‘Modern Screen,’ 1939: What’s the matter with Lombard?   Leave a comment

Posted by vp19 on 2013.06.02 at 17:30
Current mood: amusedamused

carole lombard clark gable 00a

While most in the film community cheered the marriage of Carole Lombard and Clark Gable in late March 1939 — both were among the best-liked people in the industry — their relationship wasn’t met with universal acclaim, particularly from those who had known Lombard since the early 1930s. She clearly wasn’t the same person she was in pre-Gable times, which troubled quite a few.

Longtime fan magazine writer Gladys Hall noted this in a story, “What’s The Matter With Lombard?”, which I discovered not long ago in a book from 1977, “Hollywood And The Great Fan Magazines” by Martin Levin. The book compiled an assortment of fan magazine stories from the 1930s, and the following was one of them. Unfortunately, neither the magazine nor its date of publication were listed, leaving me stymied. Fortunately, some research led me to discover it ran in Modern Screen magazine sometime in 1939.

When in ’39? Hard to say. A caption refers to “Mr. & Mrs. Gable,” meaning it went to press after late March. However, Lombard’s upcoming film is described in another caption as “The Kind Men Marry,” not its eventual title, “In Name Only.” Since the May ’39 Modern Screen ran another piece on Gable and Lombard, I’m going to guess this was from the June issue. (And Hall’s papers, at the Margaret Herrick Library at the Academy of Motion Picture Arts and Sciences, indicate this article was finalized in January ’39 — if you read it, you’ll note there are no references to a Gable-Lombard marriage.)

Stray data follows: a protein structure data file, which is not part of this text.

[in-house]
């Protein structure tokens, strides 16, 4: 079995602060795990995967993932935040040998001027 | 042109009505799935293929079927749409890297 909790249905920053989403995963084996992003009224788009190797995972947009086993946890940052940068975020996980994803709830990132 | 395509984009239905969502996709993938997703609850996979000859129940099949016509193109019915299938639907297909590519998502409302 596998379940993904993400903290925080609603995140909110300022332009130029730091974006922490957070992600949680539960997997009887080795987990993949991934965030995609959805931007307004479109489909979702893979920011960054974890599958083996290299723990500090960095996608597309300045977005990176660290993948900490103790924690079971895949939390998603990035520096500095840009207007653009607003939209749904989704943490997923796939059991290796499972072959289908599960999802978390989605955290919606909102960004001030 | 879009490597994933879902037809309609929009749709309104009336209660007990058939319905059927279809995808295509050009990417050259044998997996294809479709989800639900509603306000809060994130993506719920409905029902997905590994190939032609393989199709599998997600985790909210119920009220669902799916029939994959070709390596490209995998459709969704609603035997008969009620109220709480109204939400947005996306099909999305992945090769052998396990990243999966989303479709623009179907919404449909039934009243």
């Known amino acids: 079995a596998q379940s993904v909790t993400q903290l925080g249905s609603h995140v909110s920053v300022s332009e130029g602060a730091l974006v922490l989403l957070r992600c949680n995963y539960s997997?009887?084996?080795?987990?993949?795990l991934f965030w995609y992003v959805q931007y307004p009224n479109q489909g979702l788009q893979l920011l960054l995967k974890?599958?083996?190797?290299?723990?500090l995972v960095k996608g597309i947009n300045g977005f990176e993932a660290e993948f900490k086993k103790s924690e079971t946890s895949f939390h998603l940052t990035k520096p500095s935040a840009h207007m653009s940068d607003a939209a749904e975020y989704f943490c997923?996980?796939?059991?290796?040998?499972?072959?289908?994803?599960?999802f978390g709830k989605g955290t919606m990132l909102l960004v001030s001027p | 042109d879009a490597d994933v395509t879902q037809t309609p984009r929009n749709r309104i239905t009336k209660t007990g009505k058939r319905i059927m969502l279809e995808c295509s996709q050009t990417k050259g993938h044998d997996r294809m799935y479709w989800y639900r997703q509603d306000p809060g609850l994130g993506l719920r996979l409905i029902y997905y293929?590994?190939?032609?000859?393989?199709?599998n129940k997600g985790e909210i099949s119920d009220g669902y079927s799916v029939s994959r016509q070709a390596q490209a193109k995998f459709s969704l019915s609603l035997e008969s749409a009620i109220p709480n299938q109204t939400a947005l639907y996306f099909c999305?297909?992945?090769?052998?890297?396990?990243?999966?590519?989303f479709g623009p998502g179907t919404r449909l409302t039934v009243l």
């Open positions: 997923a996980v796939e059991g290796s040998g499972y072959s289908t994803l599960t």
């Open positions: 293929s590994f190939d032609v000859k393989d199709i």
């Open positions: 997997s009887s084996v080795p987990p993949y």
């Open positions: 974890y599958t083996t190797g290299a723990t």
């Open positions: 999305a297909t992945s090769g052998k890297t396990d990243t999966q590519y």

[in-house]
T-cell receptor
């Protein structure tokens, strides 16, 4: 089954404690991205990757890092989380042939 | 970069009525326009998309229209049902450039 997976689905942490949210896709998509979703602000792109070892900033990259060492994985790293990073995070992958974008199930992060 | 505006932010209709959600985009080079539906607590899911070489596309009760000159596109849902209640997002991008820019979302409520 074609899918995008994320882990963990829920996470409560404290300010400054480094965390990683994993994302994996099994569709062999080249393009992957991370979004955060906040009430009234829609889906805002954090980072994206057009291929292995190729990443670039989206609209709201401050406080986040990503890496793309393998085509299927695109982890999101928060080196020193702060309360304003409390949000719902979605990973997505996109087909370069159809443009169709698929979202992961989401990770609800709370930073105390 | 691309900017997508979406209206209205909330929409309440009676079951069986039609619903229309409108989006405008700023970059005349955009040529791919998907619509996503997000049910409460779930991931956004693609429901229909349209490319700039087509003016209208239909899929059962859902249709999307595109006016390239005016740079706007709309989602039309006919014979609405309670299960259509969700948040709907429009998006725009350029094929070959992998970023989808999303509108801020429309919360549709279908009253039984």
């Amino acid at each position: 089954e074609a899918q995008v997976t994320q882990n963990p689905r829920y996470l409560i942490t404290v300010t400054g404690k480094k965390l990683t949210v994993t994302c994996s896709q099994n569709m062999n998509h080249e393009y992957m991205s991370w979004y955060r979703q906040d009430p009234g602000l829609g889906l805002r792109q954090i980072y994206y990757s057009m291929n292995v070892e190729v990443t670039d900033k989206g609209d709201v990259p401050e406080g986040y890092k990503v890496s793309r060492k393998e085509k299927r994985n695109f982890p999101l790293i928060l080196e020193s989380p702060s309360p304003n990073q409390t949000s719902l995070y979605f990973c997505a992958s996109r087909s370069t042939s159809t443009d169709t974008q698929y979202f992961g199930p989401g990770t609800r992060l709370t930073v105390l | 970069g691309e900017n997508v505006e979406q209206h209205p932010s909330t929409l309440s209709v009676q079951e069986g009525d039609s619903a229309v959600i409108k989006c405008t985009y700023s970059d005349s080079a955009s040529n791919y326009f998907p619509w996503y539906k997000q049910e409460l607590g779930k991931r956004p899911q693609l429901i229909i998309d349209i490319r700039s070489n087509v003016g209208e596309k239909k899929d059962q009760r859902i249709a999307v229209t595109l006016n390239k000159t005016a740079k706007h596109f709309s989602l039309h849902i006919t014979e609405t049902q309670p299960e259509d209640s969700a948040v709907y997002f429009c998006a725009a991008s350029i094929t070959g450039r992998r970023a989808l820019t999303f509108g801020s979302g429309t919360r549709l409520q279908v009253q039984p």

Anyway, here’s the story, from a fan magazine writer who knew Lombard well:

carole lombard what's the matter with lombard 00
carole lombard what's the matter with lombard 01
carole lombard what's the matter with lombard 02
carole lombard what's the matter with lombard 03

Since Madalynne Fields was no longer working for Lombard, she probably felt secure talking about her without fear of reprisal.

But Hall’s conclusion was that nothing was the matter with Lombard; she was essentially the same she’d been other than that she was less the public person she had been in the mid-’30s. Then again, isn’t that what happens to many of us once we get into a relationship?

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Posted June 2, 2013 by vp19 in Uncategorized

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